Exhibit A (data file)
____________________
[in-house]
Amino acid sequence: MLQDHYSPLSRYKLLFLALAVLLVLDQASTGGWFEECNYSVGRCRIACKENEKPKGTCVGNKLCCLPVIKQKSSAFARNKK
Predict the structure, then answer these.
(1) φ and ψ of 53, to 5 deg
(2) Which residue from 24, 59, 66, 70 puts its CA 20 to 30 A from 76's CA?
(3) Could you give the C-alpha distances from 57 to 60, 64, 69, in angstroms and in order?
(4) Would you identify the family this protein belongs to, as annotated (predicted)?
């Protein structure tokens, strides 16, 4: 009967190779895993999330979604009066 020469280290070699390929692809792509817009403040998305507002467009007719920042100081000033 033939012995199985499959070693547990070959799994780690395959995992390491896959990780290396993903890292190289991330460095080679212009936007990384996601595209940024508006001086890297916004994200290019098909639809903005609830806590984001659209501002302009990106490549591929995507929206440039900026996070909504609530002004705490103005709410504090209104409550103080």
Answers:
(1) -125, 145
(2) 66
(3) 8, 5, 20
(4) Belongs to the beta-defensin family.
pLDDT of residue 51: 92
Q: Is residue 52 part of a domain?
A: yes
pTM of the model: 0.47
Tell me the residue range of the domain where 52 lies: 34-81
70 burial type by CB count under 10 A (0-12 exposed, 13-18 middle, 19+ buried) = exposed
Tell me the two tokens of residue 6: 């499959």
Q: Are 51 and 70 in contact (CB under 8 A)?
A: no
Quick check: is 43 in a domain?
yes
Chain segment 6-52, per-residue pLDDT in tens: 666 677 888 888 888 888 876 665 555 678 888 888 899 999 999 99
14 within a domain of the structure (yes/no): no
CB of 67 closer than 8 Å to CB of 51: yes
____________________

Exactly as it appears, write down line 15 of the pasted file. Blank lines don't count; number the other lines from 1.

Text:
Q: Is residue 52 part of a domain?